Taking a screenshot is usually a small, basic task, but being able to do so is still an important skill. You might need to screenshot something for work, for record-keeping, or you may need to submit a screenshot to tech support. Or maybe you just want to capture an interesting moment happening on your computer.
Regardless of the why, there are a few ways to take a screenshot in Windows. First we’ll guide you through the easiest way — and then we’ll show you another helpful method afterwards.
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Step 1: Capture the image
Bring up whatever it is you want to capture on your screen and press the Print Screen (often shortened to “PrtScn”) key. It is typically located in the upper-right corner of your keyboard and will take a screengrab of everything on all of your displays. Alternatively, press Alt + Print Screen to capture a screenshot of the active window. If you’re on a laptop, you may need to press Fn + Print Screen or the Windows key + Print Screen if your laptop has another feature assigned to that particular key.
On many computers, your screen will flicker or darken briefly to let you know that the screenshot has been taken. However, sometimes there’s no obvious sign that screenshot worked, so you’ll have to look in your storage to make sure it was taken. Note that if you aren’t using the Fn key, make sure that the key is not illuminated or turned on: On some laptops, a lit Fn key will prevent the screenshot process from working properly because Windows registers three keys instead of two (same with Caps lock, etc.).
Microsoft’s OneDrive will typically save the screen automatically in the OneDrive folder. You will now be able to find it there, in Pictures, under Screenshots (the Screenshots folder may appear if this is your first one). You can go here to open the file and rename it if you wish. If you have Dropbox installed, the screenshot may also be automatically deposited in your Dropbox directory, under Screenshots (ideal for your “Showcase“).
Step 2: Open Paint
Check out your screenshot in the Screenshots folder. If you like it just the way it is, great! You can save it, move it, attach it to an email, and upload it wherever you need. However, for many screenshots, you may also want to crop or alter it in some way. There are many programs that can do this, but the one closest at hand is the long-suffering Microsoft Paint.
As long as you’re running the latest version of Windows 10, type “Paint” into the Windows search bar and click the corresponding result.
Step 3: Paste the screenshot
Once Paint is open, click the Paste button in the upper-left corner of the program, or press Ctrl + V on the keyboard to paste your screenshot. You should see the image you captured appear in your edit windows in Paint.
From there, perform any edits you want, including cropping or selecting a certain part of the image.
Step 4: Save the screenshot
Click the main File option in the upper-left corner, followed by Save as.
Title the new file, choose a save location, and select your desired file format from the drop-down menu. For most purposes, JPG will do fine, but a variety of other formats are available to choose from such as PNG, BMP, GIF and others. Click the gray Save button in the bottom-right corner when finished.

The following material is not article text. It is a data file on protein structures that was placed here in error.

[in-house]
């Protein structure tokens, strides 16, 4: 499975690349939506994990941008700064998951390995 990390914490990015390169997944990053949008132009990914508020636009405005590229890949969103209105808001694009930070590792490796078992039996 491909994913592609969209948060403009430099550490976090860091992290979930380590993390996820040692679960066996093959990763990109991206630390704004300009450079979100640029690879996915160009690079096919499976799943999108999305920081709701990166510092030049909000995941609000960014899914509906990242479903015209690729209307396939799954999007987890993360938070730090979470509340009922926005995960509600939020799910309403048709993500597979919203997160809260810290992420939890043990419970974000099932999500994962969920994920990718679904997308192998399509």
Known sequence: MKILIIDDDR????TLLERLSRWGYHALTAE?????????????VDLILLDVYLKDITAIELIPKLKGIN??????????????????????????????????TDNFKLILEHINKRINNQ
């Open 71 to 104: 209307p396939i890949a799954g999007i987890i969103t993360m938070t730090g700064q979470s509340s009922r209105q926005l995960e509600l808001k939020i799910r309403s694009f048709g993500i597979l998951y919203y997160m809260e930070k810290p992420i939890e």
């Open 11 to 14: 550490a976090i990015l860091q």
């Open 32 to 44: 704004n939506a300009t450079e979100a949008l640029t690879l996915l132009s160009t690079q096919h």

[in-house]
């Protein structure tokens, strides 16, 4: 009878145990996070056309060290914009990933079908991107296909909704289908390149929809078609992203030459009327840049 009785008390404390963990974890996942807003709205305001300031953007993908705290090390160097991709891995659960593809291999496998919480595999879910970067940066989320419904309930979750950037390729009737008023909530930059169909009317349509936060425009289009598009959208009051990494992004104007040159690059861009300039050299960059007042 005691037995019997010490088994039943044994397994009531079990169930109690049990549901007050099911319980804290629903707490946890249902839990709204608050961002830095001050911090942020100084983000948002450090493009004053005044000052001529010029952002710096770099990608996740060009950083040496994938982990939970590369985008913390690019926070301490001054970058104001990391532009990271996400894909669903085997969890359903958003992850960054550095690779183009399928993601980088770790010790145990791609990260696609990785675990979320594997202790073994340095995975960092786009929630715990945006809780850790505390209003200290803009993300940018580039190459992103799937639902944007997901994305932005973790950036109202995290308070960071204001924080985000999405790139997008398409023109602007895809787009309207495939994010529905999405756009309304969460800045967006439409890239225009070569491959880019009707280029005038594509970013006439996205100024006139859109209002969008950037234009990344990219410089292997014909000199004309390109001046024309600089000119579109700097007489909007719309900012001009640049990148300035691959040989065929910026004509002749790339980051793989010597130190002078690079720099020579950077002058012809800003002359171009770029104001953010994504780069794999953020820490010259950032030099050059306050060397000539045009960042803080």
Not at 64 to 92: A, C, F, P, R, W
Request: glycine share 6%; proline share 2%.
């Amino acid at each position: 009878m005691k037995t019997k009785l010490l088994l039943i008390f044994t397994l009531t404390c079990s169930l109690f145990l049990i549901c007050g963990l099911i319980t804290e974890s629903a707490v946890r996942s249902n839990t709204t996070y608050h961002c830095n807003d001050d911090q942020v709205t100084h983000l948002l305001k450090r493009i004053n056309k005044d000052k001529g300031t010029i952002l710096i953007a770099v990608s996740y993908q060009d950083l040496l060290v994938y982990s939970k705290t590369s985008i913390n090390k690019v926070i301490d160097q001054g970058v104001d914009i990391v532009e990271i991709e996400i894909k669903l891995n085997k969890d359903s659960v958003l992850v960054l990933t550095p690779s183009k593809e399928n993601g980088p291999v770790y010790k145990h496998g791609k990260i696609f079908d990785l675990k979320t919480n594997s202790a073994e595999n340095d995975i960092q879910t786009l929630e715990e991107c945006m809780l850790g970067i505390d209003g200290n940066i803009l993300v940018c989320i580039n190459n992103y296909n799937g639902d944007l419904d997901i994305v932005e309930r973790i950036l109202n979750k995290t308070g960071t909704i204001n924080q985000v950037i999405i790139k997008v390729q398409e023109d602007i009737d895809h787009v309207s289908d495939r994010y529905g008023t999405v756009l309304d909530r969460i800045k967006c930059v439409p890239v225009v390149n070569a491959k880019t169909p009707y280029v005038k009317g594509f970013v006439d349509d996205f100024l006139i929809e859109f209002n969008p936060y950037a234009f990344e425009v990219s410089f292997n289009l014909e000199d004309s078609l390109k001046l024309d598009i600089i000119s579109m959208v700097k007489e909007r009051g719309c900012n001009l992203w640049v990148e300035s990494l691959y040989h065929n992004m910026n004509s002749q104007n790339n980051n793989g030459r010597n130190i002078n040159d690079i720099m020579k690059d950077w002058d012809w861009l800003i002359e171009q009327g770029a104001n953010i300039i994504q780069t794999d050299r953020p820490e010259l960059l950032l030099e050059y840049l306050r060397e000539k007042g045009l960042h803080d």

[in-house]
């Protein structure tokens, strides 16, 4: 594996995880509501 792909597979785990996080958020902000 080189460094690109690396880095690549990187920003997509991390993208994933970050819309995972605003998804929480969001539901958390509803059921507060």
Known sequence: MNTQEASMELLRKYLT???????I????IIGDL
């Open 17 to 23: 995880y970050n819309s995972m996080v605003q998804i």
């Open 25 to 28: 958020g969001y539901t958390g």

And that’s it! You’re done.
Alternatives: The Snipping Tool
The best alternative method is the Windows 10 Snipping Tool. The built-in screen capture utility in Windows works well enough, but it’s not the most robust or versatile when it comes to saving a snapshot of your screen. The Snipping Tool, however, is a utility that allows users to better define and capture portions of their desktop display as a screenshot, without the need for a keyboard.
To start, just type Snipping Tool into the Windows 10 search bar and select it to open it up. From there, it’ll give you options such as drawing a Free-form Snip, a Windows Snip, or a Rectangular Snip. You can even set it to delay a certain amount of time if you’re trying to capture a precise moment in a video or animation. You can then take repeated snips in the same mode simply by pressing the Alt and N keys.
The Snipping Tool continues to gain new functionality as well. For example, it can now use image editing functions to create the Snip & Sketch application. Any time you take a screenshot it will automatically appear as a thumbnail — like MacOS Mojave does — so that you can then take it straight to the Snip & Sketch app for easy editing. However, it’s worth noting that Microsoft has said (via a message in the Snipping Tool app itself) that the Snipping Tool “will be moving to a new home” in a future Windows update. But the technology company does encourage users to “snip like usual” with the new Snip & Sketch app.
You also can try pressing the Windows Key + Shift + S together to activate the Snip & Sketch application without having to open it. Like in MacOS, it will darken the screen, and allow you to select where you want to snip, and then save the image to the clipboard for transferring to Paint or other applications.
If you want even more options for choosing and customizing your screenshot (and don’t mind downloading a new app), we suggest giving LightShot a try. LightShot may be a better option for more professional work, or screenshots that need significant editing.
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